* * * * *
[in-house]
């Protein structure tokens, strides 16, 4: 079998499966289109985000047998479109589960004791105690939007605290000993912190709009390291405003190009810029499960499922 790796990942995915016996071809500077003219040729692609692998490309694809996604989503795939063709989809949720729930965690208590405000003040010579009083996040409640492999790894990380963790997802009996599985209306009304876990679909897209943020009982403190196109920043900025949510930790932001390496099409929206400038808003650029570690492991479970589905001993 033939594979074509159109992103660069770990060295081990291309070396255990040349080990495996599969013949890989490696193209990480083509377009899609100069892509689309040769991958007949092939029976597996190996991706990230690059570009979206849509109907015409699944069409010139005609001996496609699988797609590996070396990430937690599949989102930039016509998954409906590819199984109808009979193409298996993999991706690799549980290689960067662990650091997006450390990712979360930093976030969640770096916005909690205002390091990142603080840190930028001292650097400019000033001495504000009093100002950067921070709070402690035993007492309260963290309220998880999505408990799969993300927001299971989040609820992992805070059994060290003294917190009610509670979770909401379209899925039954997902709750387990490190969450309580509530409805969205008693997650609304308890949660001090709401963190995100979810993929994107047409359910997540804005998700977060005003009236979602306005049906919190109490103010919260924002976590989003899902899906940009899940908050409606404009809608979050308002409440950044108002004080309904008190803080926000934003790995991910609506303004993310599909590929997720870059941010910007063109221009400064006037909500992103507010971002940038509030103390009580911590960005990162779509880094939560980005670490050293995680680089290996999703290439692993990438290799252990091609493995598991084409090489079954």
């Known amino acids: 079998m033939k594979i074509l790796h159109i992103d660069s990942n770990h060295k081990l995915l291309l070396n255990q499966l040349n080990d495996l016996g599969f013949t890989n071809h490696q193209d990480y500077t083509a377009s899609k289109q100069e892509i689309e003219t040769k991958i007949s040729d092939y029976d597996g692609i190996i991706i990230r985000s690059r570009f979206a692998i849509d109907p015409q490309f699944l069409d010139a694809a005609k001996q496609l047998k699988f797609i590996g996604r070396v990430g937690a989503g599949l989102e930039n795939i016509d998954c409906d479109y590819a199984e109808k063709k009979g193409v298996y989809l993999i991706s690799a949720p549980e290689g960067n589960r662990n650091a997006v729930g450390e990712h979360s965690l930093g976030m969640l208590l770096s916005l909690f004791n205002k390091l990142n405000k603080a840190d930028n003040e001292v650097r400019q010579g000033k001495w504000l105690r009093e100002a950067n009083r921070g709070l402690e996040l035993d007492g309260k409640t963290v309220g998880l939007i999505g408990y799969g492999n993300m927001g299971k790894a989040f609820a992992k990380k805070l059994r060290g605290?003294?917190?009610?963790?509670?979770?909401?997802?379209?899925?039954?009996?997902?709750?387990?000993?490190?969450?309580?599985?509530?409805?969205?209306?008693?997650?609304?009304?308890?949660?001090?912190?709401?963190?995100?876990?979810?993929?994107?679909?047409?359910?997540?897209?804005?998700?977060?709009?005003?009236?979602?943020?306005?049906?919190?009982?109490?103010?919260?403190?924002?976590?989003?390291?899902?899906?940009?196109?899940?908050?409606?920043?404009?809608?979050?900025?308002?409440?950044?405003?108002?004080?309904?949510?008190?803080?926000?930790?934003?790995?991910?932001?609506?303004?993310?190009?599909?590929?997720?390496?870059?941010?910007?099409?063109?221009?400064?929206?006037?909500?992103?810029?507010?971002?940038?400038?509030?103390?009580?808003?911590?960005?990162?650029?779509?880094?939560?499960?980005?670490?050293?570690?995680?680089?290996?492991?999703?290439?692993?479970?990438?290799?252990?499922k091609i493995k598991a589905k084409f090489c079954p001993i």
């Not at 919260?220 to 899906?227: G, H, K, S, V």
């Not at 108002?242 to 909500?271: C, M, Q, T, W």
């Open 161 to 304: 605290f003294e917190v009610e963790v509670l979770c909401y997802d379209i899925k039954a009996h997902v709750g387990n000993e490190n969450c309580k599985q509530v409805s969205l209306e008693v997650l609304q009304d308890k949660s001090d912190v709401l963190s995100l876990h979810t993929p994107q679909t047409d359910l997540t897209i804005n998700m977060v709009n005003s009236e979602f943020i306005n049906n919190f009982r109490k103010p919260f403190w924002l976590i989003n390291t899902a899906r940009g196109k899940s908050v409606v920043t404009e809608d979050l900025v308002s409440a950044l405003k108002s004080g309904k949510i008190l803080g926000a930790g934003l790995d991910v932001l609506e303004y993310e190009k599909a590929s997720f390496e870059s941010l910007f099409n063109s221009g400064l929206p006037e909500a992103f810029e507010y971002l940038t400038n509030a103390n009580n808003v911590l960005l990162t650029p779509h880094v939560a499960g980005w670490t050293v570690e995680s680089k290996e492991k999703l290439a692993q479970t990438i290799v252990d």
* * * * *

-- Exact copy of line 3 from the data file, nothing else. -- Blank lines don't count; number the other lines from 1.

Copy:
């Known amino acids: 079998m033939k594979i074509l790796h159109i992103d660069s990942n770990h060295k081990l995915l291309l070396n255990q499966l040349n080990d495996l016996g599969f013949t890989n071809h490696q193209d990480y500077t083509a377009s899609k289109q100069e892509i689309e003219t040769k991958i007949s040729d092939y029976d597996g692609i190996i991706i990230r985000s690059r570009f979206a692998i849509d109907p015409q490309f699944l069409d010139a694809a005609k001996q496609l047998k699988f797609i590996g996604r070396v990430g937690a989503g599949l989102e930039n795939i016509d998954c409906d479109y590819a199984e109808k063709k009979g193409v298996y989809l993999i991706s690799a949720p549980e290689g960067n589960r662990n650091a997006v729930g450390e990712h979360s965690l930093g976030m969640l208590l770096s916005l909690f004791n205002k390091l990142n405000k603080a840190d930028n003040e001292v650097r400019q010579g000033k001495w504000l105690r009093e100002a950067n009083r921070g709070l402690e996040l035993d007492g309260k409640t963290v309220g998880l939007i999505g408990y799969g492999n993300m927001g299971k790894a989040f609820a992992k990380k805070l059994r060290g605290?003294?917190?009610?963790?509670?979770?909401?997802?379209?899925?039954?009996?997902?709750?387990?000993?490190?969450?309580?599985?509530?409805?969205?209306?008693?997650?609304?009304?308890?949660?001090?912190?709401?963190?995100?876990?979810?993929?994107?679909?047409?359910?997540?897209?804005?998700?977060?709009?005003?009236?979602?943020?306005?049906?919190?009982?109490?103010?919260?403190?924002?976590?989003?390291?899902?899906?940009?196109?899940?908050?409606?920043?404009?809608?979050?900025?308002?409440?950044?405003?108002?004080?309904?949510?008190?803080?926000?930790?934003?790995?991910?932001?609506?303004?993310?190009?599909?590929?997720?390496?870059?941010?910007?099409?063109?221009?400064?929206?006037?909500?992103?810029?507010?971002?940038?400038?509030?103390?009580?808003?911590?960005?990162?650029?779509?880094?939560?499960?980005?670490?050293?570690?995680?680089?290996?492991?999703?290439?692993?479970?990438?290799?252990?499922k091609i493995k598991a589905k084409f090489c079954p001993i």